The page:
The Rondo – Pep Guardiola’s Training Ground Key!

The Rondo – Pep Guardiola’s Training Ground Key!

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“The intention is not to move the ball, Rather it is to move the opposition.”

The current Manchester City manager is the master of controlling games by the complete domination of the ball.

But how does he do it? It isn’t a skill that can be learned by any player in a night. The most critical part of Guardiola’s training routine is the rondo, which he used in Barcelona, Bayern Munich, and currently at Manchester City.

So what is a Rondo?

Dutch legend Johan Cruyff, who implemented the rondo at Barcelona, explained the drill: “Everything that goes on in a match, except shooting, you can do in a rondo.

Johan Cruyff
Johan Cruyff

Its a game of piggy in the middle played with the feet, Mostly Guardiola uses an 8 vs. 2 Rondo. 8 Players stand in a circle and endeavor to pass to each other while the other two try to steal or intercept their passes. The goal of the 8 players in the circle is to reach an absolute no of passes, usually 30 or 40. If one of the two players in the middle retrieves the ball, the drill restarts with the player that was in the fault of dispossessing the ball being replaced with the player who recovered the ball.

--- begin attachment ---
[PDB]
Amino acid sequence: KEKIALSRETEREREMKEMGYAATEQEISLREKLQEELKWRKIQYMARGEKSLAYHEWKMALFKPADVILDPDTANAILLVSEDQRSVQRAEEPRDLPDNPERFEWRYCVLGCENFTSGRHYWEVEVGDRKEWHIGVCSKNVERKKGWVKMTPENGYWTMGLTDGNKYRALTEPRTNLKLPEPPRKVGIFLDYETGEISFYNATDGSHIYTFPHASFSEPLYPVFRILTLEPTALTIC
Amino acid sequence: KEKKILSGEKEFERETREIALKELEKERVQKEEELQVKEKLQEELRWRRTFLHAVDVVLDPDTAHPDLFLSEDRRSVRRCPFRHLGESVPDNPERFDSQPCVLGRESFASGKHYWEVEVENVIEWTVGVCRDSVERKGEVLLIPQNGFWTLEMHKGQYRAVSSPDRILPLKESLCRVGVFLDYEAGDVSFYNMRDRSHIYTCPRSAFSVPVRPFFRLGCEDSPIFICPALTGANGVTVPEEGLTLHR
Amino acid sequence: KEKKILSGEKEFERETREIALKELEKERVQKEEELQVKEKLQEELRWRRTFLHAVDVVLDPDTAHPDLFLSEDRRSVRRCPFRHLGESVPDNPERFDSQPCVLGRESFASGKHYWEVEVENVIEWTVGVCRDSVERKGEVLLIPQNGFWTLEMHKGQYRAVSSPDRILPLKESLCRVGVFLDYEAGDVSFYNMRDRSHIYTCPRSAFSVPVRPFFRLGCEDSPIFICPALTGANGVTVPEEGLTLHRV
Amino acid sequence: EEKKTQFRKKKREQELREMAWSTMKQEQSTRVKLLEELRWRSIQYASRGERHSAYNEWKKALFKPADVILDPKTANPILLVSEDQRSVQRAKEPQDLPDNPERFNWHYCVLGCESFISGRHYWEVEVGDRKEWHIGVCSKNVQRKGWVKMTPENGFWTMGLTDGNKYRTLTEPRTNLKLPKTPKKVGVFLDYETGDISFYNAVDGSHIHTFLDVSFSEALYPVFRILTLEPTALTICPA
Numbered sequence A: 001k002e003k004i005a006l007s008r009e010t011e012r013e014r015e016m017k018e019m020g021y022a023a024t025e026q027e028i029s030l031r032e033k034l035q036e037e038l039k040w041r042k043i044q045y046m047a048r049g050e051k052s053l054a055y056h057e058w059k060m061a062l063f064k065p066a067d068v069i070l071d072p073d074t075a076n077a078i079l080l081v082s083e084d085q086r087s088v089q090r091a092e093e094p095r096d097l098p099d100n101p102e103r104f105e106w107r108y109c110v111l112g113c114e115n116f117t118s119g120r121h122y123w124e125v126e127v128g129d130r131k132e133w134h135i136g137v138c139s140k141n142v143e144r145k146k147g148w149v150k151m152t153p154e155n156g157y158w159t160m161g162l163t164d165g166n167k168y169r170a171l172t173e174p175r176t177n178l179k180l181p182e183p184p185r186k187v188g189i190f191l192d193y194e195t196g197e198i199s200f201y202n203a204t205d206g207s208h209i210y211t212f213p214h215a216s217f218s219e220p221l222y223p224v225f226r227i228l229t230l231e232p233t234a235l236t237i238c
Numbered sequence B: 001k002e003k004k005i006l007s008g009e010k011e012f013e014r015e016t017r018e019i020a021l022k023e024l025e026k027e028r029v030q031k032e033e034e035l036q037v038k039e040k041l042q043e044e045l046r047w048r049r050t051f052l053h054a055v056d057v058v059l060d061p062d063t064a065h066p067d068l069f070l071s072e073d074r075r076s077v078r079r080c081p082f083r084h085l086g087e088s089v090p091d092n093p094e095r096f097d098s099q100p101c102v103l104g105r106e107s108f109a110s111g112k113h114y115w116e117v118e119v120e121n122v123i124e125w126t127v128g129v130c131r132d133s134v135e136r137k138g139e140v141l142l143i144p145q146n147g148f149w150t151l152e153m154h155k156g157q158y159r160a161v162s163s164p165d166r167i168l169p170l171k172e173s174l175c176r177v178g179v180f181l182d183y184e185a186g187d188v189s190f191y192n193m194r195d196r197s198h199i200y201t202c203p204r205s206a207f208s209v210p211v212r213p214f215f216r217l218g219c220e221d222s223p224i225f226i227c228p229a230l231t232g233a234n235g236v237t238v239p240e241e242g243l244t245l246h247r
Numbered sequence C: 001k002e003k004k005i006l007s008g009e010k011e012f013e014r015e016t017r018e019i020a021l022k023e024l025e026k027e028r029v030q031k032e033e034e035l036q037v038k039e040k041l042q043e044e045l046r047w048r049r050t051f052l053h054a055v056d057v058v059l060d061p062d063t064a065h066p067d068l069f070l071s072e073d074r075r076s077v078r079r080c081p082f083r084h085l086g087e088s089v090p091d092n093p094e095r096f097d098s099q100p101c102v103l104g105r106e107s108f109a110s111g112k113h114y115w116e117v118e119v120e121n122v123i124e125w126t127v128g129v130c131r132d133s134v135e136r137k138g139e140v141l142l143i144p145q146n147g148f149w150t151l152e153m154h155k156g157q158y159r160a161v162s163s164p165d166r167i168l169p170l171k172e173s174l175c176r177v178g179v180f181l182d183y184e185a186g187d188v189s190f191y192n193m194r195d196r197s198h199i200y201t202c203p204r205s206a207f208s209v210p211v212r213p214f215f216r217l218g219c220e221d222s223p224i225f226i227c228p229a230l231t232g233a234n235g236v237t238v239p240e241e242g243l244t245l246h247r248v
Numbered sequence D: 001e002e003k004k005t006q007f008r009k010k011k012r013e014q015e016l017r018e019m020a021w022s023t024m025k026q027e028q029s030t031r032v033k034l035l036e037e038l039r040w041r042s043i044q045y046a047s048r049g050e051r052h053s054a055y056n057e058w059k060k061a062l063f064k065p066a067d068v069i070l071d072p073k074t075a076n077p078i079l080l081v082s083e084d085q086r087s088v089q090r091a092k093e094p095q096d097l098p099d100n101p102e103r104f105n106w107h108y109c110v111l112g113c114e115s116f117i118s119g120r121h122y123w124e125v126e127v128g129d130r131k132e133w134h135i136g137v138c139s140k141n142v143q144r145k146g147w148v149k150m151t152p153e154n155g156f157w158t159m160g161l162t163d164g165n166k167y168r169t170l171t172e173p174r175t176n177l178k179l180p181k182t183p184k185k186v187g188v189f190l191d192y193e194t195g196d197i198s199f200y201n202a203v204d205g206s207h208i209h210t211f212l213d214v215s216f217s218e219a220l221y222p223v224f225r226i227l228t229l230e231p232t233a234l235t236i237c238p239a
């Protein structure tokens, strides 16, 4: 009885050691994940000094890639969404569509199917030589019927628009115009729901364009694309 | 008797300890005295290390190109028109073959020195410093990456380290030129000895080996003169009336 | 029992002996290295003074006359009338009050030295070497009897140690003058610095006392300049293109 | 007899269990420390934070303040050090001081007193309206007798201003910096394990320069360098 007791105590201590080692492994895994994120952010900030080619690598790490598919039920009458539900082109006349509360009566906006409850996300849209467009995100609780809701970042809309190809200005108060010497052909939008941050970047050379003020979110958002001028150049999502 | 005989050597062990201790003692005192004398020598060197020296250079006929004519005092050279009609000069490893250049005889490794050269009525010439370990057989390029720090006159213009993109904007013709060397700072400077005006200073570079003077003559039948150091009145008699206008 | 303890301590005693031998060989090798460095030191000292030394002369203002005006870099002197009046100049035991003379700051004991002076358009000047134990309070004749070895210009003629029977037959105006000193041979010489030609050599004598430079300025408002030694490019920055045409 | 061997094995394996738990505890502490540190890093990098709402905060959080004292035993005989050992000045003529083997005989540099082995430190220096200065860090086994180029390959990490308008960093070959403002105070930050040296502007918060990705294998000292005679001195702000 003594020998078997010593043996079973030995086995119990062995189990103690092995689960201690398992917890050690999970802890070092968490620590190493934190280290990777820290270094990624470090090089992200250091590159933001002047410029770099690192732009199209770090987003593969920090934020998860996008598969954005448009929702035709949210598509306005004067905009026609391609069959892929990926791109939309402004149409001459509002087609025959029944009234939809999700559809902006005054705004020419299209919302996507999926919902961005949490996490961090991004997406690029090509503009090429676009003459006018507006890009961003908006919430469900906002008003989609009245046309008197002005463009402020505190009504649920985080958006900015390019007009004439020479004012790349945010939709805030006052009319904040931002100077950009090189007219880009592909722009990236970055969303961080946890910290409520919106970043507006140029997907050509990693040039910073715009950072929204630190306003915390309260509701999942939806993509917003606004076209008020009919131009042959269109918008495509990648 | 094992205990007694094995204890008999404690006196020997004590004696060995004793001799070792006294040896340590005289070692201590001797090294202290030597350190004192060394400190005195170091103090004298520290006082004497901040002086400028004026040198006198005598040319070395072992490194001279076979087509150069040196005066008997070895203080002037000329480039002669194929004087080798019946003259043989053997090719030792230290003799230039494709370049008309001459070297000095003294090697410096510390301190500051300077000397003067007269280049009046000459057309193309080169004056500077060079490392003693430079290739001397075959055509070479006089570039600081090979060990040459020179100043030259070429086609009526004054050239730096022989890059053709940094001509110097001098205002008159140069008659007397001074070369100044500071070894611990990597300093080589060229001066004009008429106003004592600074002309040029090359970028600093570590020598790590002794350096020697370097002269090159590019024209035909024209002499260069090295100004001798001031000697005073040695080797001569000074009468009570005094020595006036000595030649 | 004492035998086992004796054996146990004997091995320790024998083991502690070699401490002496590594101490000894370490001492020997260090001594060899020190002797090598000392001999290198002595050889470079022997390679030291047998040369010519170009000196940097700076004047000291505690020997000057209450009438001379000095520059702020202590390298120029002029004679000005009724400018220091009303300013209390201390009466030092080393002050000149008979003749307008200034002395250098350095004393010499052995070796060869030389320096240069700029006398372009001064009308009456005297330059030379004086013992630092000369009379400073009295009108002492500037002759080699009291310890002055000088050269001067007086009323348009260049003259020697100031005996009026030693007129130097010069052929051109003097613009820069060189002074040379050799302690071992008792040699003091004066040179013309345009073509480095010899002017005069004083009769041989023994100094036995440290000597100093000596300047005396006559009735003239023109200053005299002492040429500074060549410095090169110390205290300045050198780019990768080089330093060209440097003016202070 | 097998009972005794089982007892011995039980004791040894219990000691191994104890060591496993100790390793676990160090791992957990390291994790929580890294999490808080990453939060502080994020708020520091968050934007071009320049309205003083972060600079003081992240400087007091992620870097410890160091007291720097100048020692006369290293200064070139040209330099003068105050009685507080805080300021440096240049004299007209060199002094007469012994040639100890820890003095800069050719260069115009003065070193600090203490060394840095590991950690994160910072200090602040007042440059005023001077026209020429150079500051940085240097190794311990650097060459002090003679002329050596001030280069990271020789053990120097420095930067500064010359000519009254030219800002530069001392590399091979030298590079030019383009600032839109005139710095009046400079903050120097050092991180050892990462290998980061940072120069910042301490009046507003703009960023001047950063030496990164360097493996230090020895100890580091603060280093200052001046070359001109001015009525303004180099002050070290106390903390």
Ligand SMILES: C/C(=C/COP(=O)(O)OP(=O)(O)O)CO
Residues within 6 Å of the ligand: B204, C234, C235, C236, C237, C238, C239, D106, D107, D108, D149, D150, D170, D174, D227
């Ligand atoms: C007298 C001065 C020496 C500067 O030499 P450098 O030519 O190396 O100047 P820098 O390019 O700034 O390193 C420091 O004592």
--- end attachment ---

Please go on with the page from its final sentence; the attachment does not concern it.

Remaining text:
Every training session at Manchester City begins with a Rondo; there are variations too, sometimes its 6 vs. 2, 5 vs. 2, and even 3 vs. 1 And sometimes Guardiola switches to a positional Rondo similar to a traditional rondo but with a twist.

The drill starts with a 4 vs. 4, there are 3 extra players too which take the side of that team, which has the possession of the ball, so it turns to a 7 vs. 4. The 4 vs. 4 + 3 rondo allows players to learn the width, depth, and length to create passing angles and distances. They always look to create diamond and triangle patterns to support each other by creating a numerical advantage.

Advantages of a Rondo

The rondo has multiple benefits- It includes a technique in tight areas, encourages quick movement and passing in the triangle, which can be seen from the way Manchester City play these days.

The best example of how the rondo was used to dominate and win games is the 2011 Champions League final between Manchester United and Barcelona, where the Catalan club played three midfielders against the Red Devil’s two. Sergio Busquets, Xavi, and Andres Iniesta against Park Ji-sung and Michael Carrick.

What happened that night at Wembley is well documented. Barca had 19 efforts on goal to United’s four, had 67 percent of the possession, performed 667 passes to United’s 301, and eventually won their fourth European Cup.

The rondo, an uncomplicated training drill, has been a vital part of the team’s growth over the past two years. It remains an encapsulation of Pep Guardiola’s coaching philosophy, a channel through which his fundamental principles are directed onto the pitch.

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